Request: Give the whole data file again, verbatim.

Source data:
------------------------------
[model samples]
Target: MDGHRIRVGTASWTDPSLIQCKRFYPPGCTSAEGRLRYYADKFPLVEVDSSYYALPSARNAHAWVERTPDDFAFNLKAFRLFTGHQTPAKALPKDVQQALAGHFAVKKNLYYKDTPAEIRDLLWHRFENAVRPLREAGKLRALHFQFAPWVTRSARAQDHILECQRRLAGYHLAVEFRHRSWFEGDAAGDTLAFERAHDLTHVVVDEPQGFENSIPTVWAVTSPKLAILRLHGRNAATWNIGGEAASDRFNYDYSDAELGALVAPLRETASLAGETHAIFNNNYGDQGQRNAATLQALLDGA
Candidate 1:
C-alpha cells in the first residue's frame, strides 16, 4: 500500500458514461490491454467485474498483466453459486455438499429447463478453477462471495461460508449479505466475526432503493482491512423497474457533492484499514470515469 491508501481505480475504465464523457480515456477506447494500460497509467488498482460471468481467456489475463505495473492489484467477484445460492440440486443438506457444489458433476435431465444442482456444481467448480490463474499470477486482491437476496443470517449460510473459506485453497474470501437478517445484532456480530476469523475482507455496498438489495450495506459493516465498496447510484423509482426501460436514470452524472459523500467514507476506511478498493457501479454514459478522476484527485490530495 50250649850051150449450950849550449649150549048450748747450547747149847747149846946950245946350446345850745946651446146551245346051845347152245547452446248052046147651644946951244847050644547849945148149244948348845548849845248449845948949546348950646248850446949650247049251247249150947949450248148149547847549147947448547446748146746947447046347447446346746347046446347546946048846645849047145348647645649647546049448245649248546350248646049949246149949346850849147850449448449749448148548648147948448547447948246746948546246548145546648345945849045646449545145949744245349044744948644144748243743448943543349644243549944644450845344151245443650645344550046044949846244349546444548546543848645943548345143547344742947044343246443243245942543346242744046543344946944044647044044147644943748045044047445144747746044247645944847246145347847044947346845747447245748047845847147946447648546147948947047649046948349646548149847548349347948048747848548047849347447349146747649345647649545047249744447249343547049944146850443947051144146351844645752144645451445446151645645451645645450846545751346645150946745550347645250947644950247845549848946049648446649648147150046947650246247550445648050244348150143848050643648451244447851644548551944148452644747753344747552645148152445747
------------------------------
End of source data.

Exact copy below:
[model samples]
Target: MDGHRIRVGTASWTDPSLIQCKRFYPPGCTSAEGRLRYYADKFPLVEVDSSYYALPSARNAHAWVERTPDDFAFNLKAFRLFTGHQTPAKALPKDVQQALAGHFAVKKNLYYKDTPAEIRDLLWHRFENAVRPLREAGKLRALHFQFAPWVTRSARAQDHILECQRRLAGYHLAVEFRHRSWFEGDAAGDTLAFERAHDLTHVVVDEPQGFENSIPTVWAVTSPKLAILRLHGRNAATWNIGGEAASDRFNYDYSDAELGALVAPLRETASLAGETHAIFNNNYGDQGQRNAATLQALLDGA
Candidate 1:
C-alpha cells in the first residue's frame, strides 16, 4: 500500500458514461490491454467485474498483466453459486455438499429447463478453477462471495461460508449479505466475526432503493482491512423497474457533492484499514470515469 491508501481505480475504465464523457480515456477506447494500460497509467488498482460471468481467456489475463505495473492489484467477484445460492440440486443438506457444489458433476435431465444442482456444481467448480490463474499470477486482491437476496443470517449460510473459506485453497474470501437478517445484532456480530476469523475482507455496498438489495450495506459493516465498496447510484423509482426501460436514470452524472459523500467514507476506511478498493457501479454514459478522476484527485490530495 50250649850051150449450950849550449649150549048450748747450547747149847747149846946950245946350446345850745946651446146551245346051845347152245547452446248052046147651644946951244847050644547849945148149244948348845548849845248449845948949546348950646248850446949650247049251247249150947949450248148149547847549147947448547446748146746947447046347447446346746347046446347546946048846645849047145348647645649647546049448245649248546350248646049949246149949346850849147850449448449749448148548648147948448547447948246746948546246548145546648345945849045646449545145949744245349044744948644144748243743448943543349644243549944644450845344151245443650645344550046044949846244349546444548546543848645943548345143547344742947044343246443243245942543346242744046543344946944044647044044147644943748045044047445144747746044247645944847246145347847044947346845747447245748047845847147946447648546147948947047649046948349646548149847548349347948048747848548047849347447349146747649345647649545047249744447249343547049944146850443947051144146351844645752144645451445446151645645451645645450846545751346645150946745550347645250947644950247845549848946049648446649648147150046947650246247550445648050244348150143848050643648451244447851644548551944148452644747753344747552645148152445747